Haines, who has been a medium for 20 years, said that she feels that Theodosia used to watch the ships and the people come in.
She claims to have seen Theodosia sitting on her bed and walking around usually wearing a bluish or gray period dress.
“Very proper woman,” said Haines.
During one of Haines visits to the house, Mickle said that she told her there was a man with them in the basement. She described the man as wearing overalls and a cap and had something wrong with one side of his body “like he was in the war and he had an accident with a gun.”
“I just about died,” Mickle said after hearing that.
Weeks before, a picture was discovered of Jaggard in his older years, standing by a tree dressed in a hat and jeans, similar to what Haines described — except she had never seen it before, Mickle said. Not visible in the picture is Jaggard’s wooden leg which is covered by his jeans.
The folk tale behind Jaggard’s injury, as Mickle explains it, is that while hunting in the early 1900s he decided to rest against a tree and placed his shotgun next to him. He started flailing his arms around when a bee started to bother him and knocked the gun to the ground.
“The shotgun landed and blew off most of his leg right below the knee. He was all alone and used his belt as a tourniquet,” Mickle said in a low voice. “He had to finish off the little bit of his leg with his knife and then he crawled back to this house.”
In the house under a protective case is Jaggard’s wooden prosthesis that he carved from a log.
Just after Haines saw Jaggard in the basement Mickle asked her, as a test, to ask him which room was his. After delaying a few minutes to give Haines time to find the room she went upstairs and discovered her in Jaggard’s room.
As she walked into the room Haines said to her, “He says what took you so long?”
Haines claims Jaggard’s spirit took her on a tour of the home and even showed her where he sighed his name on a pane of glass in his room.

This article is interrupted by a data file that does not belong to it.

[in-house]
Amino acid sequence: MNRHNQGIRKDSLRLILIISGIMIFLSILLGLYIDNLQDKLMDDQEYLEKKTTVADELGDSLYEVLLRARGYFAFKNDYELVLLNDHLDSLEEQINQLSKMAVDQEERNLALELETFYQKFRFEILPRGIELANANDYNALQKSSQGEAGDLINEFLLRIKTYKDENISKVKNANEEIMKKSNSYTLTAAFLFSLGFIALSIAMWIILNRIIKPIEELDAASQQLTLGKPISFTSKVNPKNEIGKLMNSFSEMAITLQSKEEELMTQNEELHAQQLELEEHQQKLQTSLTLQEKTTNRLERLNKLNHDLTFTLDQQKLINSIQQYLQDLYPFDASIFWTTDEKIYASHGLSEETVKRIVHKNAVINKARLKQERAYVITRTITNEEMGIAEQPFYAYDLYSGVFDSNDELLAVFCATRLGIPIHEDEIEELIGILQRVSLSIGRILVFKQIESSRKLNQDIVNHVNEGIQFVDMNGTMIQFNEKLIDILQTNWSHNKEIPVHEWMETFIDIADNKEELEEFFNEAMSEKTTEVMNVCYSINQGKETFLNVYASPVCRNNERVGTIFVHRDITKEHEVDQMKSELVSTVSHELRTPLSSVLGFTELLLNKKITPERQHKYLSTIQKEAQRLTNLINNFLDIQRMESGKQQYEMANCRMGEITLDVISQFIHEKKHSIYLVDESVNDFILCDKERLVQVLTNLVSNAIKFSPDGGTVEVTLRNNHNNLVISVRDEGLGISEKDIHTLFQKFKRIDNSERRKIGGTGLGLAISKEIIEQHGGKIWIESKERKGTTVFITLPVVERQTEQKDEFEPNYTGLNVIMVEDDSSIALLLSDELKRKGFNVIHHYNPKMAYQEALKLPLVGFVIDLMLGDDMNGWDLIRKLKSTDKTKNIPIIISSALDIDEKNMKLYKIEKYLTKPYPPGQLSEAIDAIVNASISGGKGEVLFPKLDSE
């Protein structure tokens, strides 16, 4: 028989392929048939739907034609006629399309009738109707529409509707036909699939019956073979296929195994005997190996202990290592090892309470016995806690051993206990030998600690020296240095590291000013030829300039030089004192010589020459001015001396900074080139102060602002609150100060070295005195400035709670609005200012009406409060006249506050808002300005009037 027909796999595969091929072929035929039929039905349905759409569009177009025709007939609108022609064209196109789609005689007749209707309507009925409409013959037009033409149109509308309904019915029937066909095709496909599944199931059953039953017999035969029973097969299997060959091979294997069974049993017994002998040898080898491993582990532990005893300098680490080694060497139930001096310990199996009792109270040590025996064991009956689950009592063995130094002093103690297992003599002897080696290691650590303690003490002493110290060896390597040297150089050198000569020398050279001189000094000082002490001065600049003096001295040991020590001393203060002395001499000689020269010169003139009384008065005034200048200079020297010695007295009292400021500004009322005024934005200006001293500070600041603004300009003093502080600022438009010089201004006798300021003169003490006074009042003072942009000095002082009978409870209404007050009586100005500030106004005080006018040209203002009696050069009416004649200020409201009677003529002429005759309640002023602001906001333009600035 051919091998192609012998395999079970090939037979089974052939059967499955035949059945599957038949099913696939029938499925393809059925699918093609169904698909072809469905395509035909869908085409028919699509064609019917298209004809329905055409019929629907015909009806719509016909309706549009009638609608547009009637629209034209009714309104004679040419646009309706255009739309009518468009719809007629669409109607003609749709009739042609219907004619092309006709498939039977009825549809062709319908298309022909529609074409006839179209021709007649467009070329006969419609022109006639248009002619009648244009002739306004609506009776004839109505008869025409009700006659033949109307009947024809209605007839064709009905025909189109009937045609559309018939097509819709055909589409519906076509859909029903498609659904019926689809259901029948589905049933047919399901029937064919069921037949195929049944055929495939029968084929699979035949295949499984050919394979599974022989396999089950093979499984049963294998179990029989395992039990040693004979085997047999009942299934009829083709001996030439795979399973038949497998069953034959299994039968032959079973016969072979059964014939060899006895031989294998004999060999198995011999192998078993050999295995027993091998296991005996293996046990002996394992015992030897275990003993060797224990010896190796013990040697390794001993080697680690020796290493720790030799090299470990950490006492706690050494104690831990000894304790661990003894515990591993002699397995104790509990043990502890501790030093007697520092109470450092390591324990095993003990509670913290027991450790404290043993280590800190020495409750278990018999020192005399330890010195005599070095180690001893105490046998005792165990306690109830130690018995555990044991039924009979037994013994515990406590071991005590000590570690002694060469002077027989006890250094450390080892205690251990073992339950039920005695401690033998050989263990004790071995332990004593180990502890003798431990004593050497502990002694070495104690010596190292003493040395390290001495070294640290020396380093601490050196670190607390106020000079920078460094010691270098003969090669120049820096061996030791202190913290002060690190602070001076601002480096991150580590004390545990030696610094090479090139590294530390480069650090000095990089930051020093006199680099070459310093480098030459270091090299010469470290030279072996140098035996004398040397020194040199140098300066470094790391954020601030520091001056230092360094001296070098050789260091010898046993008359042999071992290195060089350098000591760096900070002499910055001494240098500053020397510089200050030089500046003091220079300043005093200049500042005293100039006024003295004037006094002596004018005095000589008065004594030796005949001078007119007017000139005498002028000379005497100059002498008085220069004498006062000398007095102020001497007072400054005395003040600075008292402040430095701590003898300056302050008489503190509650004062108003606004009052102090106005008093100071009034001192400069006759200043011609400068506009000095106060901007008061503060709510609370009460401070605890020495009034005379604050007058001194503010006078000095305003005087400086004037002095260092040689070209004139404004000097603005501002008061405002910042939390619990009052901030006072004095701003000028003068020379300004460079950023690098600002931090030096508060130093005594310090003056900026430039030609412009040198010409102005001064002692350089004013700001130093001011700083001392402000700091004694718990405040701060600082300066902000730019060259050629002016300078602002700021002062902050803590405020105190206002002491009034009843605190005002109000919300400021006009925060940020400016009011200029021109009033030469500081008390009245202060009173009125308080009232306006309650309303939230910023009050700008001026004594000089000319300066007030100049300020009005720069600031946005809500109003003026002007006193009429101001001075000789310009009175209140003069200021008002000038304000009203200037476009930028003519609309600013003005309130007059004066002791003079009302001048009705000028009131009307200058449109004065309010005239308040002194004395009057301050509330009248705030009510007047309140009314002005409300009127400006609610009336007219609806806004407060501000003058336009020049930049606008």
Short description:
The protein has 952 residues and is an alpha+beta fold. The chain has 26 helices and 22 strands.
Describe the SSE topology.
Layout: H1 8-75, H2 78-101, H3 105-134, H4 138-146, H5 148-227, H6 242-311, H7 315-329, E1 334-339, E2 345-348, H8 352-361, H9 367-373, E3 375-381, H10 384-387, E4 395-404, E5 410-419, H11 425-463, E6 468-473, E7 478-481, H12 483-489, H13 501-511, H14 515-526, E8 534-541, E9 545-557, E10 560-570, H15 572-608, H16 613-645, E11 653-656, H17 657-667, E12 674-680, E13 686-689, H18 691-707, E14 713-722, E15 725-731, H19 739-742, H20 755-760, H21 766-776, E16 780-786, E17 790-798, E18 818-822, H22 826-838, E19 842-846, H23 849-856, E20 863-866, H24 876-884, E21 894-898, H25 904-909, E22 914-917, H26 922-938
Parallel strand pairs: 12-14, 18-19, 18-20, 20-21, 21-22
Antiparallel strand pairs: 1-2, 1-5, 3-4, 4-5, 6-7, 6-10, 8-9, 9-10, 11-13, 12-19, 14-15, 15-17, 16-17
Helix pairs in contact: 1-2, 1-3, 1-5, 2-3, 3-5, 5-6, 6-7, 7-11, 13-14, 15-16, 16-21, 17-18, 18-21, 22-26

“He’s a very nice person, very warming, very interested in telling his story and letting people know why he was still there.”
Schuck who lived in the home for 43 years, 23 of those with Jaggard, still oversees the property, said Haines.
“Schuck is there because he wants to make sure that they take care of the property,” she said.
During one of the first paranormal events she chaperoned, Mickle said that she went up to Schuck’s bedroom with Haines and stood in the doorway while Haines talked to Schuck’s spirit explaining that they were there to raise money to help with funds for historic projects and educational sessions.
Haines then asked her if she saw the room changing color. “I was seeing a different kind of color,” Mickle remembered seeing. Haines explained to Schuck who Mickle was and then relayed a message back to her.
“She said he’s tipping his hat to you and thank you for everything you do.”
Events scheduled for 2020 that included the Revolutionary Re-enactment, South Jersey History Fair and the Holiday Open House have been postponed due to COVID-19.
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Tim Hawk may be reached at [email protected]. Follow Tim on Instagram @photog_hawk.